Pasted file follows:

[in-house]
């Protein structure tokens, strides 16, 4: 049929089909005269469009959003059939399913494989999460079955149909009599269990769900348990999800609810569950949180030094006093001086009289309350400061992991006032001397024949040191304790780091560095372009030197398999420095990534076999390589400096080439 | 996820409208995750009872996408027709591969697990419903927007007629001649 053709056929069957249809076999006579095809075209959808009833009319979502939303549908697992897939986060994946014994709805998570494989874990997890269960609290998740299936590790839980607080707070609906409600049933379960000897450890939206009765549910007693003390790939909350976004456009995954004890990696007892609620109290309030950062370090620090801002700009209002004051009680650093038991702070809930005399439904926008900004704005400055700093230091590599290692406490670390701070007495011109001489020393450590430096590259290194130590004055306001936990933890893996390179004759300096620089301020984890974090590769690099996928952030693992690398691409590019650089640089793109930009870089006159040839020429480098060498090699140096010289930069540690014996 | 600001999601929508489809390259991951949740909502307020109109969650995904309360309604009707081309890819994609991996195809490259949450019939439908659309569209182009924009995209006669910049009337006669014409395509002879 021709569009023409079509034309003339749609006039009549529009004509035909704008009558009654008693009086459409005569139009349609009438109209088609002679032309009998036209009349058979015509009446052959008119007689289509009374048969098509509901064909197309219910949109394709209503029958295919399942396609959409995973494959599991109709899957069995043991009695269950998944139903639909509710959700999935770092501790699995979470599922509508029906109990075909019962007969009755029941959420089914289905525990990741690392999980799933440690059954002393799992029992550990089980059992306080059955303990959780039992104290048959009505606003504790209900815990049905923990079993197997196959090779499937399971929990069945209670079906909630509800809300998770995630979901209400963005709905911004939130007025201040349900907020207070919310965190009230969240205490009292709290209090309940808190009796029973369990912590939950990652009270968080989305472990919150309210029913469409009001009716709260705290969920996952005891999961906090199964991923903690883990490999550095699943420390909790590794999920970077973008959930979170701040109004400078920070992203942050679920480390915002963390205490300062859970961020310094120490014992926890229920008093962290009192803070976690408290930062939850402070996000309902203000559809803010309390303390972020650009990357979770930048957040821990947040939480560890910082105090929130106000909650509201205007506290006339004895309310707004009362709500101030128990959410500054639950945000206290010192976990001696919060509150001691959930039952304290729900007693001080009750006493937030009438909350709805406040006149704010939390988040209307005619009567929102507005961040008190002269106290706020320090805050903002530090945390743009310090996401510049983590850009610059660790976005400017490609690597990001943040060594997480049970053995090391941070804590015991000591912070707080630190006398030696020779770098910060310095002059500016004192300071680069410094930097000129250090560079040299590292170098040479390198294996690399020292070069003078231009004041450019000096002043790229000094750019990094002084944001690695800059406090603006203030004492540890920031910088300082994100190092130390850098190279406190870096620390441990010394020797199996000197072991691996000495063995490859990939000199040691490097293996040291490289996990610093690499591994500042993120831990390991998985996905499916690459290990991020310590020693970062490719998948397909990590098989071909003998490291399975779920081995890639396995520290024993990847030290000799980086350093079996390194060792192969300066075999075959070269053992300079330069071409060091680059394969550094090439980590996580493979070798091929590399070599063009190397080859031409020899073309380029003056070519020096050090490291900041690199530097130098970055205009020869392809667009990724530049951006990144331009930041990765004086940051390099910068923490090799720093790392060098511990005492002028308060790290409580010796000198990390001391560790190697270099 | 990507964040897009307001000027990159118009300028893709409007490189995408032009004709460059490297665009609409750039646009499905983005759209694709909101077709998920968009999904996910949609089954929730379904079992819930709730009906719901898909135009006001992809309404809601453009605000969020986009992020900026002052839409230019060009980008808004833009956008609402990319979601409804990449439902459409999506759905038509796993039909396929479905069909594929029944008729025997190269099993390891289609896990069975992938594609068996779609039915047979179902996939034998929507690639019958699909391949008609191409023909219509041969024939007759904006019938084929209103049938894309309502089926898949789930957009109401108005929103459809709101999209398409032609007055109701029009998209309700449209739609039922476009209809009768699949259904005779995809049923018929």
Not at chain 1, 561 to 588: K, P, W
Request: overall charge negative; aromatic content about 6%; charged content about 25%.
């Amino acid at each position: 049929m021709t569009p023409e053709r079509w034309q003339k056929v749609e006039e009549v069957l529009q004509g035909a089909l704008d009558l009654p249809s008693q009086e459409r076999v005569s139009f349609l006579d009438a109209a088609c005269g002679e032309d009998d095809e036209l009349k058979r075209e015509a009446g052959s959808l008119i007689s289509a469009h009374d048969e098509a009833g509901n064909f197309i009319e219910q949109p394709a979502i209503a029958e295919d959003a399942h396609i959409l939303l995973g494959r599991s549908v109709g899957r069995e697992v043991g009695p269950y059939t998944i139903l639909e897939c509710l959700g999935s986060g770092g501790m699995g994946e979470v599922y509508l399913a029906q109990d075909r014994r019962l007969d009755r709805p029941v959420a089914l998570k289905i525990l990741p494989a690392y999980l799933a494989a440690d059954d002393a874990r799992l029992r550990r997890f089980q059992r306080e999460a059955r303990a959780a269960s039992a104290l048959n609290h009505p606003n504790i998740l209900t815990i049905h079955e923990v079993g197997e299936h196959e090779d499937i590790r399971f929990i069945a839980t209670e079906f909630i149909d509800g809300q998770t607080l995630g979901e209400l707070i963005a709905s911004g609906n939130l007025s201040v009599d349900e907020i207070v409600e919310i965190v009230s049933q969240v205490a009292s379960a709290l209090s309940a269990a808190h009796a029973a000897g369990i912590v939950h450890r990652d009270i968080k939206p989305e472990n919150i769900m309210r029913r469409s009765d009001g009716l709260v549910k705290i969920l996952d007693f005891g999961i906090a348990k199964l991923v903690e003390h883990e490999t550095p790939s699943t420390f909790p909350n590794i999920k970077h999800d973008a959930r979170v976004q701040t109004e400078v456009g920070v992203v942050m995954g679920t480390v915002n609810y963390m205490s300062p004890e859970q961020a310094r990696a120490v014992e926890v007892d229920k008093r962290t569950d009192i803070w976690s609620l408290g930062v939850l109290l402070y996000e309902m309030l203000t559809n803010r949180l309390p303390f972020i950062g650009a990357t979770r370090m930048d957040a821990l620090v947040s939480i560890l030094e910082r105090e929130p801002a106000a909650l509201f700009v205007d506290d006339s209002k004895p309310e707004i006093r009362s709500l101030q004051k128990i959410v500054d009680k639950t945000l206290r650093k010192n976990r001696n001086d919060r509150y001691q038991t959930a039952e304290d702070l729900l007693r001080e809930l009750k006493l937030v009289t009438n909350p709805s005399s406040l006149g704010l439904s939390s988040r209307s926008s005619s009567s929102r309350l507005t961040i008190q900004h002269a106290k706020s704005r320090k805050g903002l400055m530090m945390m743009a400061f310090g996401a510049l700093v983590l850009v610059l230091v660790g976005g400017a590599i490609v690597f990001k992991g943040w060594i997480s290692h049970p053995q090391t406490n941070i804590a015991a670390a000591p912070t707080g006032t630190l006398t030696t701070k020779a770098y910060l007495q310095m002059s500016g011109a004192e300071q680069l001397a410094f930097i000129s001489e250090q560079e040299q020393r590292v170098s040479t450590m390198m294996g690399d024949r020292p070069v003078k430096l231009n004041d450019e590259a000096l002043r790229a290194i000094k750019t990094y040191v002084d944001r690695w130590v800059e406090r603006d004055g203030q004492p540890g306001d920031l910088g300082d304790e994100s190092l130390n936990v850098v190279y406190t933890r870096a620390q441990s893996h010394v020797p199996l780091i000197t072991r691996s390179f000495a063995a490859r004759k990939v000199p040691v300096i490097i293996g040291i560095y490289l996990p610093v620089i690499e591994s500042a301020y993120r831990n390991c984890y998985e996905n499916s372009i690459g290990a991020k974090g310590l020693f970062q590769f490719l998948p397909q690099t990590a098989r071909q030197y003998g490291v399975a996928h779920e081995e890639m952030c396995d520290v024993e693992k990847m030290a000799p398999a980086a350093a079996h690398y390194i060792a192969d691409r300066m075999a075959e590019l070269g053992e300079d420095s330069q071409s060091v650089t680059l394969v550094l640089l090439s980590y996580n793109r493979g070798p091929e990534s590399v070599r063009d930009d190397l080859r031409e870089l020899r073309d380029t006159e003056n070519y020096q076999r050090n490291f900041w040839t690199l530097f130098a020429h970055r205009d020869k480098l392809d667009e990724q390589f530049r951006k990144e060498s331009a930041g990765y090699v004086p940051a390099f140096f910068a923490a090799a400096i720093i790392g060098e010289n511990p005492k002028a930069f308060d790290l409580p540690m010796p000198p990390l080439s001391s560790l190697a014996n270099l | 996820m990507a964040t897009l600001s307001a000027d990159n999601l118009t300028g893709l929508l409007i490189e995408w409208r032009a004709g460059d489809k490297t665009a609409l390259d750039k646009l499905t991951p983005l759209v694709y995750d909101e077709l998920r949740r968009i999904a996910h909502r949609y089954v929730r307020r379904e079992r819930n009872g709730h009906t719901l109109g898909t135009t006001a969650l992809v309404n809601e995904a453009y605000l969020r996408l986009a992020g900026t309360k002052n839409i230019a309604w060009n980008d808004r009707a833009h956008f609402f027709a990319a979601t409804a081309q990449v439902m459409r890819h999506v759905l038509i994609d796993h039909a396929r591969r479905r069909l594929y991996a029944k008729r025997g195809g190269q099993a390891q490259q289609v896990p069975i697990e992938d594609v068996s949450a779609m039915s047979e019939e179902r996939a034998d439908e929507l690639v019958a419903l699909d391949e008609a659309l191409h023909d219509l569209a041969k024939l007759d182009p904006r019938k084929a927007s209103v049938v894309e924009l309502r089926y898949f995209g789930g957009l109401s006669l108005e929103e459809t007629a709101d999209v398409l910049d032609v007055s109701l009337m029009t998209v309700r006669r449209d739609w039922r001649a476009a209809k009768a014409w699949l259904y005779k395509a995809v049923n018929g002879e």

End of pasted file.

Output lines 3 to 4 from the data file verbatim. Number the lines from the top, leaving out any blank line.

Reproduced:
Not at chain 1, 561 to 588: K, P, W
Request: overall charge negative; aromatic content about 6%; charged content about 25%.